Competing from a High Cost Economy: What is the Challenge to Australian Public Policy?

Competing from a High Cost Economy: What is the Challenge to Australian Public Policy?

Ian Marsh (University of Tasmania, Australia)
DOI: 10.4018/978-1-4666-5828-8.ch002
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Abstract

The starting point for this chapter is that Australia is a high-cost economy with a fading resources boom and a diminished domestic manufacturing sector. The chapter explores the fresh challenge that these structural developments present to public policy. It argues that this requires a shift from the dominant neo-classical policy paradigm, which has to date provided the intellectual muscle for a transformation of Australia's political economy. The chapter makes the case for policies framed to foster innovation and knowledge as the approach needed for Australia to succeed in an environment characterised by the new international distribution of manufacturing, the impact of new technologies, and the prevalence of global supply chains. To realise innovation-based economic renewal requires capacities for much more targeted interventions that engage business at cluster, sectoral, and/or regional levels. The chapter concludes by considering the obstacles to, and the possibilities for, policy change.
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Introduction

Australia is a high cost economy with a fading resources boom and a diminished domestic manufacturing sector (Roos, 2012, 2013). This chapter explores the fresh challenge that these structural developments present to public policy. This, so it argues, involves a shift in the focus of policy towards innovation, with particular attention to manufacturing and start-ups. This approach already receives rhetorical - and limited substantive - support from federal and state governments.1 As the chapters in this book suggest, this is insufficient. The challenge is fundamental and wide ranging. It involves assimilating a new policy paradigm (Hall, 1983), which cuts across the current conventional wisdom, based in neo-classical understandings of economic dynamics. Since 1983, this stream of conceptual and policy ideas has provided the intellectual muscle for a transformation of Australia's political economy. But, as has recently been convincingly argued, the new international distribution of manufacturing, the impact of new technologies and the prevalence of global supply chains combine to create a new international economic context (e.g. McKinsey Global Institute, 2012; Gereffi and Lee, 2012; Herrigal and Zeitlin, 2010). This coincides with the end of the resources boom in Australia and the emergence of substantial new domestic economic challenges including employment, skills and growth (e.g. Garnaut, 2012; Parkinson, 2012).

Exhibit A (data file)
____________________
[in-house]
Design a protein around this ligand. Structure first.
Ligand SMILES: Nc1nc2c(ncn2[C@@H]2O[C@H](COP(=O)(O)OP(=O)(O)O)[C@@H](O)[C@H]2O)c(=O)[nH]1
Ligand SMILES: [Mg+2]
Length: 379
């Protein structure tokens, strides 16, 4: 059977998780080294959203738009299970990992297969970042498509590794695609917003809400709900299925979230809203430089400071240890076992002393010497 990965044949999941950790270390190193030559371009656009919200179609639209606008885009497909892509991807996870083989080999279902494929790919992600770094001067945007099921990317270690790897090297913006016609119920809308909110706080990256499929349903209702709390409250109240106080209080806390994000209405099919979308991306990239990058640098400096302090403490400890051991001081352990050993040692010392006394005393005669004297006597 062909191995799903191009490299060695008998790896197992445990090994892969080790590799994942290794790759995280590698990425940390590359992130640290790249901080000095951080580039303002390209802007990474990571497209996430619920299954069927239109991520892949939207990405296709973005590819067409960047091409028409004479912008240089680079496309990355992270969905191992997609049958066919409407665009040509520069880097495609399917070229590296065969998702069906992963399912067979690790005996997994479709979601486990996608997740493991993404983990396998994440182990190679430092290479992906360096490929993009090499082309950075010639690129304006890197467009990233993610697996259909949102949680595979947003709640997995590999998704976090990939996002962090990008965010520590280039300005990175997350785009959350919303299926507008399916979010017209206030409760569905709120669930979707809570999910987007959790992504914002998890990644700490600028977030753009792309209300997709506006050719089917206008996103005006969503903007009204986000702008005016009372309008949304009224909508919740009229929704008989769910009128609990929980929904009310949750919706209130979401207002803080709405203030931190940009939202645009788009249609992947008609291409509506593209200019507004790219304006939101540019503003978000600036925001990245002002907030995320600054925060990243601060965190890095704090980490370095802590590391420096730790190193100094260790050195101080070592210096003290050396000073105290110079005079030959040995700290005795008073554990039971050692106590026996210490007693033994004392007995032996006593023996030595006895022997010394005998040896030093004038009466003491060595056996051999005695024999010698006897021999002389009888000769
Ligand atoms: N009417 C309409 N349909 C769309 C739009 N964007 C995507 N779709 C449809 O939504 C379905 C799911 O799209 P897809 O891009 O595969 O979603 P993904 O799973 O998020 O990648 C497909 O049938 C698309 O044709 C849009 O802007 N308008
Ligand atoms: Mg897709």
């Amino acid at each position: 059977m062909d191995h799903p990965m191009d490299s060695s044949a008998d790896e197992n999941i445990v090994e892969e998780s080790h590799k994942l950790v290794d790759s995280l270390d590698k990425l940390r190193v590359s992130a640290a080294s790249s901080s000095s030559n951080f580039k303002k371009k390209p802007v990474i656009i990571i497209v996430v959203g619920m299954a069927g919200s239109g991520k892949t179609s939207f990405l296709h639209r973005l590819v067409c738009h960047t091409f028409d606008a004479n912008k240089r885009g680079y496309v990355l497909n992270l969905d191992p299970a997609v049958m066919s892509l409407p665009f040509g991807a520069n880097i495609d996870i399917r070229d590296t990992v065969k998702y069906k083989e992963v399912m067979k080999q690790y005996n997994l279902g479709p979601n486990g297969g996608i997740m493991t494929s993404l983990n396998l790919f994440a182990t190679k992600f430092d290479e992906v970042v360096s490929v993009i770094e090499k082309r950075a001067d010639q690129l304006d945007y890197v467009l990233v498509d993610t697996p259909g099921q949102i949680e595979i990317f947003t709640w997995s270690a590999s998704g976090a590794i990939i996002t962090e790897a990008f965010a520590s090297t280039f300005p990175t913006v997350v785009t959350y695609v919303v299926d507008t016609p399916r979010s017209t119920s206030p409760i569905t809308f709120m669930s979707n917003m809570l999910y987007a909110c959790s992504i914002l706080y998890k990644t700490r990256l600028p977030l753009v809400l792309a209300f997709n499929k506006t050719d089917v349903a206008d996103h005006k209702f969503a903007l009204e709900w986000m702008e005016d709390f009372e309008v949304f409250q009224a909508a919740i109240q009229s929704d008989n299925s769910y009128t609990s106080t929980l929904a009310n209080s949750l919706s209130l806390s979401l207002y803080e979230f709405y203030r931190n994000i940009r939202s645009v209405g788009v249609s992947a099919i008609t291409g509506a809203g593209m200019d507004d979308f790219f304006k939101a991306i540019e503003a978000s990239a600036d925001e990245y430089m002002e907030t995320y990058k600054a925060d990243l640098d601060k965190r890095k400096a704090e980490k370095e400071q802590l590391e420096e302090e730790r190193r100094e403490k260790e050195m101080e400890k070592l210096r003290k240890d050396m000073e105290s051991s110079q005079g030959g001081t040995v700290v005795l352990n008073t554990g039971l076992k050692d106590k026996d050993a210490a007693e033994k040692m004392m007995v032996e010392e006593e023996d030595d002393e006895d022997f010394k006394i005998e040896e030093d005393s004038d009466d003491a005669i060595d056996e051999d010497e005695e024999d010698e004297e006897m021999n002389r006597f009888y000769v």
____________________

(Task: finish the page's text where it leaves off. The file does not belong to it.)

This is encapsulated in the broad idea of a ‘knowledge economy’. This phrase points to the transcendence of commoditised activity, which remains the basis of much economic and industrial practice. In this world, knowledge is often secondary to other considerations like scale or efficiency – but in the context of a given technology. In the past decade, commoditised manufacturing has moved to low cost and low wage settings. Opportunity now lies in products and services that are much more responsive to individual tastes or business needs – indeed in the best case they shape these tastes and needs – and to a dynamic based on technologies that cut costs and enhance quality. A myriad of contemporary innovations sustain these opportunities. Indeed fully realised the idea of a knowledge economy extends beyond any narrow technical conception. A knowledge economy is embedded in a society that nourishes creativity, imagination and risk taking, one that welcomes these disruptions to conventional ways. In the best case, this is the vision of an open society, one whose citizens are alert to emerging economic and other challenges and who do not baulk at the adjustments that adaptation requires. Utopian? Perhaps. But, to sustain their ways of life, economically advanced societies would seem to have few alternatives.

So knowledge-driven innovation and entrepreneurship may hold the key to economic renewal (Roos, op cit). But realisation requires a new conception of the economic role of the state and new capacities for federal-state collaboration. It requires capacities for much more targeted interventions that engage business at cluster, sectoral and/or regional levels: in other words, relationships that are different from the arms-length and hands-off philosophy that currently prevails. A theoretical framework for this approach is available in the concept of a knowledge economy and its associated focus on the development of specific economic capabilities (e.g. Lipsey et al, 2008; West 2013; Pedersen, 2010). This concept represents both a next step beyond the neoclassical focus on economy-wide deregulated markets and a response to the competitive challenge in a high cost economy.

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